• Geoff Burke

I Have Roots In My Drain... Now What?



Hey everyone, welcome to this week’s episode of “How NOT to Call the Plumber!”.


This week, we’re going to talk about tree roots. Many of you have found yourself in an unlucky situation before, leading to repairs that can sometimes cost tens of thousands of dollars. Unfortunately, a buildup of these roots in main building drains of a house are much more common than we’d like. As the perfect environment for growth, the insides of your pipes can become completely full of the roots over time, leading to eventually digging up the drain altogether. The good news is that there are things you can do to help slow down growth before it becomes an issue!


To begin, let’s talk about how these roots get into your drains in the first place. Older houses built before the 1950’s used a variety of underground drainage piping materials, but the most common in Toronto was clay. If you haven’t seen this piping before (as I’m sure many of you haven’t!), the clay piping underneath your home is about ¾” thick and is installed in 5’ lengths. Each of these lengths of pipe has one “pipe” end and one “hub” end. During installation, the pipe end was pushed into the hub end and was joined with a cement like grout. Unfortunately, in the 100 years since your home was built, many of these joints have shifted, cracked, or broken completely. It’s in these joints that those not so nice tree roots find their way in.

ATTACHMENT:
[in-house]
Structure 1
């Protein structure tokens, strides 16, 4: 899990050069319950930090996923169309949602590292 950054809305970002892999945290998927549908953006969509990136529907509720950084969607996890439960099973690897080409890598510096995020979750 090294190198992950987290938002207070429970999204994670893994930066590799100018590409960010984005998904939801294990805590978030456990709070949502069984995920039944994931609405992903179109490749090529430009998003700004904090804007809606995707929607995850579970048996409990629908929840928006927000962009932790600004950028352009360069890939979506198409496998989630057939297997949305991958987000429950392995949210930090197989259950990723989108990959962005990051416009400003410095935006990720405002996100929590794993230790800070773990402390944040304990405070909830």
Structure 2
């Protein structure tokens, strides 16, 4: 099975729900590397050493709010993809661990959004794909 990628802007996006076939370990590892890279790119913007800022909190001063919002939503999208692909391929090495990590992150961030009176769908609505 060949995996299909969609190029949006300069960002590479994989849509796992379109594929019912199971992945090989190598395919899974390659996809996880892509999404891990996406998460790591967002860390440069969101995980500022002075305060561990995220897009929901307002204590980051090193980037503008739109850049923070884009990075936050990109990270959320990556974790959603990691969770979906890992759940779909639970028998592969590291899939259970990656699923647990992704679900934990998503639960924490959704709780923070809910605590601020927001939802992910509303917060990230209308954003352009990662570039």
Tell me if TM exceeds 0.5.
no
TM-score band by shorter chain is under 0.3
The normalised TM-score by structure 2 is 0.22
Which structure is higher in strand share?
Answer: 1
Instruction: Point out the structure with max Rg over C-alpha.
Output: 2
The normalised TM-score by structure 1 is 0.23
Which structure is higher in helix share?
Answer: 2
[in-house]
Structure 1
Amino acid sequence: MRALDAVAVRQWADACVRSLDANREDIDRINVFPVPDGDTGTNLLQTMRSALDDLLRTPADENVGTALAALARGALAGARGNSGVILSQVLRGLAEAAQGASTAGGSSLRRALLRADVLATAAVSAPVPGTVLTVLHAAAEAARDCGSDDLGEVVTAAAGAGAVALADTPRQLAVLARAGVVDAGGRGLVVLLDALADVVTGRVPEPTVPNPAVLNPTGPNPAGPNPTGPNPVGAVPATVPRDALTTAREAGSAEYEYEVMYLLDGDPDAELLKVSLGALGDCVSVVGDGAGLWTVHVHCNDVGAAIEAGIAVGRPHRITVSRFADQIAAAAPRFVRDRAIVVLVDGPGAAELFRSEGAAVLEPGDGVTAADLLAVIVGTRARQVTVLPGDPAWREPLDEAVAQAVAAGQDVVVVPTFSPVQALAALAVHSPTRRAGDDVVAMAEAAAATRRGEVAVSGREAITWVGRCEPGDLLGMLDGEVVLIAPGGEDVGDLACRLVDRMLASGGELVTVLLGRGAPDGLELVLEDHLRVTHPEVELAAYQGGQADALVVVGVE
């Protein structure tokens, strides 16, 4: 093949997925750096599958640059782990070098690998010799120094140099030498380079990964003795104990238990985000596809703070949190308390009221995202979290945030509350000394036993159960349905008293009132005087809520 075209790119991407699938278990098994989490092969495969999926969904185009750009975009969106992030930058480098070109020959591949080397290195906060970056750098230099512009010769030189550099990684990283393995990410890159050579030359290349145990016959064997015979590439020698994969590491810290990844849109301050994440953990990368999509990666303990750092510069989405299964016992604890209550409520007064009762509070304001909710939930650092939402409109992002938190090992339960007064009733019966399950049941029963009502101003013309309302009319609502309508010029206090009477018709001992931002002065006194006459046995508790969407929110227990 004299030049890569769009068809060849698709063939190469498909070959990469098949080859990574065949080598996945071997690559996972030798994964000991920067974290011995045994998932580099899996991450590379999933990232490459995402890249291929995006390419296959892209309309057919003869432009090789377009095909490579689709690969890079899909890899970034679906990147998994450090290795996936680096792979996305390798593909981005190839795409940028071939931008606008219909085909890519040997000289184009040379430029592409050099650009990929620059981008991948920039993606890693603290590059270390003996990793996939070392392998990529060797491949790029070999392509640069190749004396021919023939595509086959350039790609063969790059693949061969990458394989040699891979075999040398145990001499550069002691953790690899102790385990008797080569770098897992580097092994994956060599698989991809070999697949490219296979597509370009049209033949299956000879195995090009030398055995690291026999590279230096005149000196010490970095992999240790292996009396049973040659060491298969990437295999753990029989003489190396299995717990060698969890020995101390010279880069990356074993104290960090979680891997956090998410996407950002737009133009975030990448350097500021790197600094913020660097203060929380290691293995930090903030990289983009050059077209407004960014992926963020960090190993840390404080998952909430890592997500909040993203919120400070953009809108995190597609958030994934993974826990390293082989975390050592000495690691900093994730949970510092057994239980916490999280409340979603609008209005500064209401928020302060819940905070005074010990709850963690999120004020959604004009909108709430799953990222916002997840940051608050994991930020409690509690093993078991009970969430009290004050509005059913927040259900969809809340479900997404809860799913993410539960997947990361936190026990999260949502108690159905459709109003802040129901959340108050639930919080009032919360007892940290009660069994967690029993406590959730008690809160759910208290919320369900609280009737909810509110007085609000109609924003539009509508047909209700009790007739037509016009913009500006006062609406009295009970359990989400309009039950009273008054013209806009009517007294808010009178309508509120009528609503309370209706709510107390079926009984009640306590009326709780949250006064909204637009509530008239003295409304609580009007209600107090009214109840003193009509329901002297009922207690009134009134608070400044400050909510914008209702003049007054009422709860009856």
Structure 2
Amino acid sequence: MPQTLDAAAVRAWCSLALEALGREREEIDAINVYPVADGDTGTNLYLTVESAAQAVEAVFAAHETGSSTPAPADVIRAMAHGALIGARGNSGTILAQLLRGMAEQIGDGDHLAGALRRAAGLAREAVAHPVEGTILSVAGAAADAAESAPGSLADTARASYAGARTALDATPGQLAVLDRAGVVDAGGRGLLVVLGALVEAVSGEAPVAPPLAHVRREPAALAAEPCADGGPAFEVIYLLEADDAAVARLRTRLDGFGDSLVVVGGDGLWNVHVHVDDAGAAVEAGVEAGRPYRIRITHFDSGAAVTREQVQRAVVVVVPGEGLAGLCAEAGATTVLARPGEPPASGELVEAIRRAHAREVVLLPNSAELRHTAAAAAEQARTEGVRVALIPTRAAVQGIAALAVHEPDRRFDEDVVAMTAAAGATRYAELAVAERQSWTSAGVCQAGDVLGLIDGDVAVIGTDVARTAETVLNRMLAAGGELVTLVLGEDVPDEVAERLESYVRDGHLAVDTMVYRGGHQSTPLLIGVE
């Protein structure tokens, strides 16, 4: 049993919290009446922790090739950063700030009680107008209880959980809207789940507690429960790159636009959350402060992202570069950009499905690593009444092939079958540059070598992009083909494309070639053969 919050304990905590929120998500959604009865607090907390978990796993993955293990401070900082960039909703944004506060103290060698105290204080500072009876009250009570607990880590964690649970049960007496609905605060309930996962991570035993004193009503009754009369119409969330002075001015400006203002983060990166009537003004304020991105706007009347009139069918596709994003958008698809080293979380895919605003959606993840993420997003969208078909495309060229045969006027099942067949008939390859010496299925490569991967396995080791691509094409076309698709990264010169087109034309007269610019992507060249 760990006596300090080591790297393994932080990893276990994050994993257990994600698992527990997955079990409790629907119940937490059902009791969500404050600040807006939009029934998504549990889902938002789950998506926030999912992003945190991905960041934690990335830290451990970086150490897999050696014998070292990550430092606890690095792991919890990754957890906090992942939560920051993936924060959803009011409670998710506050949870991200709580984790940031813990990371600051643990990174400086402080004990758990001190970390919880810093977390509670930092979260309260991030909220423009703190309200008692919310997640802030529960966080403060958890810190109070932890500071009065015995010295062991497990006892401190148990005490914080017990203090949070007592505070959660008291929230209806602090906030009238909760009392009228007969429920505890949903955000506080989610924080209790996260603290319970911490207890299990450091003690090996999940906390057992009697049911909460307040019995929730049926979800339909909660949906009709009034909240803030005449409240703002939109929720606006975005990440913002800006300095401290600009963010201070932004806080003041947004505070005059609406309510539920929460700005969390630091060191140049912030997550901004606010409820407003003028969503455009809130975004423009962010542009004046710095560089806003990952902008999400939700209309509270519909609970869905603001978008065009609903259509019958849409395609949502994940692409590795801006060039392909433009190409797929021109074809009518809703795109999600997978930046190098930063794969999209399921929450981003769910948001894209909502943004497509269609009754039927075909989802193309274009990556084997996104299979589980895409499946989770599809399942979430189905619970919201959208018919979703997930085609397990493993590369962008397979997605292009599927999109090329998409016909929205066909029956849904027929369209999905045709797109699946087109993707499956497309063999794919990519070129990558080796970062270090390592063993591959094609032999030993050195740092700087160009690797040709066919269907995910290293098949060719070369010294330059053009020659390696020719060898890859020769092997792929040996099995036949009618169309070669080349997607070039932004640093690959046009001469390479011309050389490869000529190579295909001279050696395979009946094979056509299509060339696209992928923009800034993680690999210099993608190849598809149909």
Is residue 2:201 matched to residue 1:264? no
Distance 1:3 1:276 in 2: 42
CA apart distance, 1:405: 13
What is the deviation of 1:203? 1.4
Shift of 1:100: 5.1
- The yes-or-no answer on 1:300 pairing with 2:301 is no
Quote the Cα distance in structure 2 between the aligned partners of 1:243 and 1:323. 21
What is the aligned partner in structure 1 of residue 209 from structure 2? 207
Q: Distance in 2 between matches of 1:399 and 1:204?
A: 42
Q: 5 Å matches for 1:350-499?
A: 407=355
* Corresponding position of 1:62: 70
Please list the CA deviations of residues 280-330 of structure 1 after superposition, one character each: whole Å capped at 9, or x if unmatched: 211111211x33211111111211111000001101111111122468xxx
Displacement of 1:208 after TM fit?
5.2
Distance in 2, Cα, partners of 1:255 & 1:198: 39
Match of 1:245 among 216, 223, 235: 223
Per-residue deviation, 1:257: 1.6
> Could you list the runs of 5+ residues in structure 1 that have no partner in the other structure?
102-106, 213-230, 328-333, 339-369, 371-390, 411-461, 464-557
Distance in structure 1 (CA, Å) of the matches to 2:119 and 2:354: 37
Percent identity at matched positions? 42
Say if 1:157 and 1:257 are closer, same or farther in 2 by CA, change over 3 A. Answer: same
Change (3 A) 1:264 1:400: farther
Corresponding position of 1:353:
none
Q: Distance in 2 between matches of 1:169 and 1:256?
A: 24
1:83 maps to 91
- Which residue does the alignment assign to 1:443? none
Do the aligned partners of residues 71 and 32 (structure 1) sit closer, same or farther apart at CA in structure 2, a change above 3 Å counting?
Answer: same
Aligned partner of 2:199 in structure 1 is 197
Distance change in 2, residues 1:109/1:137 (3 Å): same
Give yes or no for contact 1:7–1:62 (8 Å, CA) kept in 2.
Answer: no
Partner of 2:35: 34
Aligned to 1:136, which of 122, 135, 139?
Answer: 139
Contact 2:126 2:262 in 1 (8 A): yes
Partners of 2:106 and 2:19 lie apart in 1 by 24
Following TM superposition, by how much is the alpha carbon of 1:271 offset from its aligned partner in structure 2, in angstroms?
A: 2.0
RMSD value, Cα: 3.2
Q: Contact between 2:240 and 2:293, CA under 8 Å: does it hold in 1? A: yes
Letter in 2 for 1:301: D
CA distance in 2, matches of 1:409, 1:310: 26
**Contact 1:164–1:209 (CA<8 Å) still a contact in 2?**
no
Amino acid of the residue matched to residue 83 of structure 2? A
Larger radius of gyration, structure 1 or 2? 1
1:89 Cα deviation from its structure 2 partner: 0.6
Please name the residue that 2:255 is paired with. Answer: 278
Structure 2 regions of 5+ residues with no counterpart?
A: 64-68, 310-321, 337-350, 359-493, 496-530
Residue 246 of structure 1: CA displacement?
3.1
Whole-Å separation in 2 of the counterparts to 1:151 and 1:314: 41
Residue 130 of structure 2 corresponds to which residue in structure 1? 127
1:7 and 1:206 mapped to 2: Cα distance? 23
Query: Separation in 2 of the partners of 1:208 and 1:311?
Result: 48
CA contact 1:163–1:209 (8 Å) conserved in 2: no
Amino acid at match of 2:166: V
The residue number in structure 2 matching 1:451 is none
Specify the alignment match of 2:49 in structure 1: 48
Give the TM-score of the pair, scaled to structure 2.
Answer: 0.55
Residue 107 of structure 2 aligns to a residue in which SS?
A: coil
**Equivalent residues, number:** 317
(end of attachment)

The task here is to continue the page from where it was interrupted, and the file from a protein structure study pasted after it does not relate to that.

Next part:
Now, let’s talk about what you can do to prevent this from becoming a major issue!


The most effective thing you can do is to perform scheduled maintenance of the drain. When doing this, you would have a plumber come in once every year or two to clear any buildup of roots already in the drain, before they grow and become a major issue. We use what is called a “C-cutter” on our drain snake – imagine a circular saw blade that works its way down the length of the drain, cutting away at the roots, leaving just small pieces of debris that will wash away and into the city sewer system.


Less effective, but still a good option is to use an enzymatic drain cleaner specialized for tree roots. There are quite a few on the market that you can find at your local hardware/big box store. If you choose to go this route, make sure you use it before the drain shows any signs of blockage. Enzymatic drain cleaners rely on the flow of water to disperse the cleaner within the drain, so if the drain is already blocked, this option won’t work!


The last option is our “worst case scenario”. If you find yourself with a drain that is already blocked by tree roots which can’t be cleared by a drain cleaner or professional snake, unfortunately this often means digging up and replacing the

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